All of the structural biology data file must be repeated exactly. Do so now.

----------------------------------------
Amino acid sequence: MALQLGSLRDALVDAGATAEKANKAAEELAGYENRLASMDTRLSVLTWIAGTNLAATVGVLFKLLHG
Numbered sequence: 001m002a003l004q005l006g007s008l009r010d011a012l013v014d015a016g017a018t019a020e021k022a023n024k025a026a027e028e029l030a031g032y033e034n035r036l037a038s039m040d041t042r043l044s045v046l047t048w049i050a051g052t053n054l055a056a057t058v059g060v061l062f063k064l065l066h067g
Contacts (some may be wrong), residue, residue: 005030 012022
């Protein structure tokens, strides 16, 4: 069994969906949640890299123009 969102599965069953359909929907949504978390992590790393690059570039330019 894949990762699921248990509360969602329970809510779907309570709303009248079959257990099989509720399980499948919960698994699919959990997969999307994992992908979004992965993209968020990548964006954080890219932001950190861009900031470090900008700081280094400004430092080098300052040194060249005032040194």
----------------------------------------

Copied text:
Amino acid sequence: MALQLGSLRDALVDAGATAEKANKAAEELAGYENRLASMDTRLSVLTWIAGTNLAATVGVLFKLLHG
Numbered sequence: 001m002a003l004q005l006g007s008l009r010d011a012l013v014d015a016g017a018t019a020e021k022a023n024k025a026a027e028e029l030a031g032y033e034n035r036l037a038s039m040d041t042r043l044s045v046l047t048w049i050a051g052t053n054l055a056a057t058v059g060v061l062f063k064l065l066h067g
Contacts (some may be wrong), residue, residue: 005030 012022
């Protein structure tokens, strides 16, 4: 069994969906949640890299123009 969102599965069953359909929907949504978390992590790393690059570039330019 894949990762699921248990509360969602329970809510779907309570709303009248079959257990099989509720399980499948919960698994699919959990997969999307994992992908979004992965993209968020990548964006954080890219932001950190861009900031470090900008700081280094400004430092080098300052040194060249005032040194």